Don't Use An Amateur to Handle Professional Work
Whenever I find myself with a little extra time, I try to stay up on industry news. Whether it is something controversial involving one of the airlines or some advice on how to promote businesses on Snapchat, I have found it beneficial to stay on top of what is considered relevant in the world of public relations and marketing.
One of those articles I ran across recently talked about the reasons businesses can’t rely on inexperienced amateurs to handle their PR needs. The article talked about an attorney who asked some questions about PR and then moved forward with the intention of handling the PR work without hiring a professional.
I can tell you as an experienced PR professional, the article could not have hit the nail on the head any better. I consistently run into people who think they can do just what the attorney in the article did – handle social media management or media relations on their own.
The article named five legitimate reasons why business owners shouldn’t consider doing their own PR in today’s world. The first was rejection, which is something that most people outside the business don’t realize happens as often as it does. A press release might go out to 50 media outlets with just a handful showing even the slightest interest in running it as news. Business owners always believe stronger in their PR pitch than does the media and it is the role of the PR professional to find a way to make it attractive. Otherwise, the media will see it as free advertising and that is not how the media stays in business.
Writing is something that I have done pretty much my entire life and my peers have said I do it well. This is probably the one reason most people know they can’t do PR on their own, but most of those who do it anyway fail to realize how important this part is. As a journalist, I can assure you that I could tell the difference between a professionally-written press release and one that was put together by the owner of a small business. Whether it is the excessive use of exclamation points or typos or grammatical errors, media pitches that aren’t written by a PR professional typically find a spot in the bottom of the trash.
Social media failures were the third reason the article focused on, and they do have some similarities to rejection by the media. Social media fails, however, have an even greater sting given that they routinely involve friends of the business. For small businesses, the followers of a company social media page tend to be employees, friends and family members. So, if your company is attempting to grow via social media and those closest to you aren’t responding, it can be difficult to understand. A PR professional is concerned only with growing the outreach and isn’t disturbed by a lack of interest. Business owners shouldn’t sweat the small stuff and leave that to the professionals.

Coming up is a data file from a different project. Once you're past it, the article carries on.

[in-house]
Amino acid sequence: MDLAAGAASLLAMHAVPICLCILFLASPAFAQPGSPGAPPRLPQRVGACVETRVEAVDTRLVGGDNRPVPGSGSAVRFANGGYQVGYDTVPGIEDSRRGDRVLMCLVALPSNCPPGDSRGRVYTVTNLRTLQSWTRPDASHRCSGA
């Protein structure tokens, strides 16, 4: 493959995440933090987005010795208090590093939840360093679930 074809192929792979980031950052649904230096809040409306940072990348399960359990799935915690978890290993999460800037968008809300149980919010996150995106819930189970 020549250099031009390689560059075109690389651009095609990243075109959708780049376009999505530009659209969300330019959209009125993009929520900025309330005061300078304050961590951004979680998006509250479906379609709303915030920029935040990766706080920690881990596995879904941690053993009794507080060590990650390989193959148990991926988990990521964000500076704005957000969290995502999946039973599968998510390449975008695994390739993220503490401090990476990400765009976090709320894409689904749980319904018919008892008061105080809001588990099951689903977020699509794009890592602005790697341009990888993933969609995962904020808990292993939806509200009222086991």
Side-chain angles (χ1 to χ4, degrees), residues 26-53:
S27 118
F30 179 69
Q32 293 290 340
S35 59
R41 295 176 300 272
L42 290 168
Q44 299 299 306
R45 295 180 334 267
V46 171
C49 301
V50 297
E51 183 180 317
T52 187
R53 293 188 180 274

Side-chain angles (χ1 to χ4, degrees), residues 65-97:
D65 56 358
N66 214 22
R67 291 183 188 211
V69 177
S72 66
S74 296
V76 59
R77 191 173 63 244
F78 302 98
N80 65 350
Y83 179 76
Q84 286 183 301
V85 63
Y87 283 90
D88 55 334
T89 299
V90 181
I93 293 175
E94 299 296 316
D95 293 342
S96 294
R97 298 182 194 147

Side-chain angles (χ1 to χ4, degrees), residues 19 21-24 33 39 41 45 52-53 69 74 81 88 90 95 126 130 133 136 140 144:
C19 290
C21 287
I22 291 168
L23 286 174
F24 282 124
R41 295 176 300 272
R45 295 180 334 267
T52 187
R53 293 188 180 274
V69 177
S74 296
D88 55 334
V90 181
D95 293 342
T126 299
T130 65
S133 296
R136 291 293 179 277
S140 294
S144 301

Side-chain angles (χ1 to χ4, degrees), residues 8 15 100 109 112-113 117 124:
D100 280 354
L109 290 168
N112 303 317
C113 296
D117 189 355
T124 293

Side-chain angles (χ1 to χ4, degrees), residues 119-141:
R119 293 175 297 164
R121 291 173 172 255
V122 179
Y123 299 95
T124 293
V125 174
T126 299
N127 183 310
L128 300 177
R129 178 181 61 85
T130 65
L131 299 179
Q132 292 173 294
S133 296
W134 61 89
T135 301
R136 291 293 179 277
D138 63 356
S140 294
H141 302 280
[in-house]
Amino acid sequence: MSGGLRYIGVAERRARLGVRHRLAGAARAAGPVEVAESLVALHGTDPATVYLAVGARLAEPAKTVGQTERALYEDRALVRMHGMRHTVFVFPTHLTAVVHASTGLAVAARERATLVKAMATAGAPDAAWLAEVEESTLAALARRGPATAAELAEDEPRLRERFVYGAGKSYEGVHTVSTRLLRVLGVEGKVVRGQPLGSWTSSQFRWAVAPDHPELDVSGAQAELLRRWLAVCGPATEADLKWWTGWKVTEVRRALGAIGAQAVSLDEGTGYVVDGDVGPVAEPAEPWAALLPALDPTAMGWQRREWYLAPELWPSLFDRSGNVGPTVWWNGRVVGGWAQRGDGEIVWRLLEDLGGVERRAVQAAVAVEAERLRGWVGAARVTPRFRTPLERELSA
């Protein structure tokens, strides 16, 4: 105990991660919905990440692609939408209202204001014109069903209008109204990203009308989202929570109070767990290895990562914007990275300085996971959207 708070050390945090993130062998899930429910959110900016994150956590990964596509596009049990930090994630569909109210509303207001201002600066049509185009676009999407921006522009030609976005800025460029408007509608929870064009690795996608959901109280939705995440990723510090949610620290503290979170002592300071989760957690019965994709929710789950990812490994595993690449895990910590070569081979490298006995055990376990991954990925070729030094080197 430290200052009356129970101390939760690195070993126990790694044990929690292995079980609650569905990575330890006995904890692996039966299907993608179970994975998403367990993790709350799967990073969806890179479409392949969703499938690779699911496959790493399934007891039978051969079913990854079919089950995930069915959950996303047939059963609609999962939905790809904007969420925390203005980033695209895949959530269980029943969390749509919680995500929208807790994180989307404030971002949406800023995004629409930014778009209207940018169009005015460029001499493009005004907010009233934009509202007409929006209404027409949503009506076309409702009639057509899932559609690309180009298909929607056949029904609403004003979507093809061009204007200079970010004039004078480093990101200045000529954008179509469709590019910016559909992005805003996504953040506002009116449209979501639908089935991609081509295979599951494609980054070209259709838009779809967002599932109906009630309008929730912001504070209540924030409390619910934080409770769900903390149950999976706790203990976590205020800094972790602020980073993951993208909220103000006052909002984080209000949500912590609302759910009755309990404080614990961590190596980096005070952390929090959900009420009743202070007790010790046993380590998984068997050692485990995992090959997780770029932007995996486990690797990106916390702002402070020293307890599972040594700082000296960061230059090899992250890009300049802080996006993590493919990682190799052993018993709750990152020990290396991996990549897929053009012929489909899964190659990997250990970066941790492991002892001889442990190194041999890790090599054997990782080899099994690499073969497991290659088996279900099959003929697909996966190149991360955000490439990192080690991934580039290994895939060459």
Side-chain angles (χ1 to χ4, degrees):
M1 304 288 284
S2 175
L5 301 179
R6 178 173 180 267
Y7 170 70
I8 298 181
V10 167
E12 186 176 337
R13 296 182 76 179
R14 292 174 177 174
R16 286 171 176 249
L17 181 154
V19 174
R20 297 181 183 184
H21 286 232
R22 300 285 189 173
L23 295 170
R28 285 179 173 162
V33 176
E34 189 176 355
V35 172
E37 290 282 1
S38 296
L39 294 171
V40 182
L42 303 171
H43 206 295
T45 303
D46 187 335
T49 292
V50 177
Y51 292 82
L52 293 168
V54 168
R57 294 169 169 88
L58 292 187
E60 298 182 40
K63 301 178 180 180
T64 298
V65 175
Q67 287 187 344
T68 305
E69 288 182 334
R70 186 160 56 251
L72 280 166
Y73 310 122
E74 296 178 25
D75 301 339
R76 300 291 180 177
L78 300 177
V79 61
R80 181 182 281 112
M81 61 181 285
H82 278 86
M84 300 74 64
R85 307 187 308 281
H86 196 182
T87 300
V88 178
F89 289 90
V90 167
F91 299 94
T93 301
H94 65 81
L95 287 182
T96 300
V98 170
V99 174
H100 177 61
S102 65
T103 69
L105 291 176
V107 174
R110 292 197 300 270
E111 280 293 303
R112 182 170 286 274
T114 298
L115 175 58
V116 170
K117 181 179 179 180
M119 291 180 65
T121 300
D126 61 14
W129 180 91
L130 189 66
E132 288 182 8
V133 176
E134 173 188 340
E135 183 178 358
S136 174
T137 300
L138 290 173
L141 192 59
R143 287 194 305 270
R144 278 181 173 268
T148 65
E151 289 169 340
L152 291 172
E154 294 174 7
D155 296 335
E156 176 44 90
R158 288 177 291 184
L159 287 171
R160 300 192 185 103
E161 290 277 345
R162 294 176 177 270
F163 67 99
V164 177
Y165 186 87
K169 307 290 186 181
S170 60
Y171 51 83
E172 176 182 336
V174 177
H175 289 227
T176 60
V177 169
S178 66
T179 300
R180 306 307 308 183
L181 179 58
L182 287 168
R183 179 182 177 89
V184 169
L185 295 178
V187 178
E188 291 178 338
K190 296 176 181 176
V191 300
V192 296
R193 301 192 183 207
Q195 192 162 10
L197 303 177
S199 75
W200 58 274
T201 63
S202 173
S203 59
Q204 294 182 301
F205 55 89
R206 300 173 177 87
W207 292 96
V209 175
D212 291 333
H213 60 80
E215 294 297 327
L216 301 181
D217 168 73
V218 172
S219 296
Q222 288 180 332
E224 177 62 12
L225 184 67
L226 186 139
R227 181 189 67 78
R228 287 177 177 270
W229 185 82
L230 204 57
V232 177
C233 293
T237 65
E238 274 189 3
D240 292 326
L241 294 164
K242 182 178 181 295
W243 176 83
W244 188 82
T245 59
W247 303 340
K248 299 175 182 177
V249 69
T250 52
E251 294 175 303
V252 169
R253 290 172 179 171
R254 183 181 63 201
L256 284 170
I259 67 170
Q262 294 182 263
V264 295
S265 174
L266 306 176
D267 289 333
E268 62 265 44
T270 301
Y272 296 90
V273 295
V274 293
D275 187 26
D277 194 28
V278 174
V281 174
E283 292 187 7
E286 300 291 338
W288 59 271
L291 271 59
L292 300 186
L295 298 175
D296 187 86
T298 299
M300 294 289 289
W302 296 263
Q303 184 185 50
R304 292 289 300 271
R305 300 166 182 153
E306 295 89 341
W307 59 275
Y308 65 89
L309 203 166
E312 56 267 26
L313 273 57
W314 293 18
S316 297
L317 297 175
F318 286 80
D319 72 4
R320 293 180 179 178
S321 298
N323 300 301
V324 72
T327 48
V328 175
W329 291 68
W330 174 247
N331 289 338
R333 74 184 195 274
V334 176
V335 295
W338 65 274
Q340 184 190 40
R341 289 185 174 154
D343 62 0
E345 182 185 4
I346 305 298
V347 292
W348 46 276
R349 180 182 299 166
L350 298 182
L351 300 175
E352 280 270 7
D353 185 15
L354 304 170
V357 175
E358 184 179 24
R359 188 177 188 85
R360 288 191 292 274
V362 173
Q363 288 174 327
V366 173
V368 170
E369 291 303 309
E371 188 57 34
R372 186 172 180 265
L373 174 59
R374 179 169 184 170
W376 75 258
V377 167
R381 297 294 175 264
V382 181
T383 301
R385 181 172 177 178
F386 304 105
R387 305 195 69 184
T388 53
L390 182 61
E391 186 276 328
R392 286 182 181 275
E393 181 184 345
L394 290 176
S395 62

The fourth reason for hiring a PR professional is the access to contacts. Having worked in the media gives me an advantage over many in public relations, several of whom went directly into PR out of college. Even many of those former media members who went into PR have such a distant relationship with the media that it isn’t beneficial for their clients. For those who are like me, however, it is a huge bonus for the client. By maintaining relationships throughout the years, I know I will always have open doors when it comes to pitching the media for stories. I don’t burn bridges and that always has a chance to pay off.
The final reason the article gave for not doing PR on your own was outside perspective, which is significant. As I mentioned earlier, business owners think their company can do no wrong. I remember one business asking us to pitch the expansion of their company to a new location in a city near the metro area. As a PR professional, I know the best they are going to hope for is a business page brief and maybe a community newspaper mention somewhere outside the front page. No TV. No radio. No front page of a major daily. But it takes an outside perspective to make sure the business owner knows they don’t have more there than actually exists.
So, it should be clear that doing it on your own isn’t an option. Not if you want your business to grow. I wouldn’t try to represent myself in court and an attorney shouldn’t try to do their own PR. It is so simple, I’m surprised the PR industry has to keep reminding people.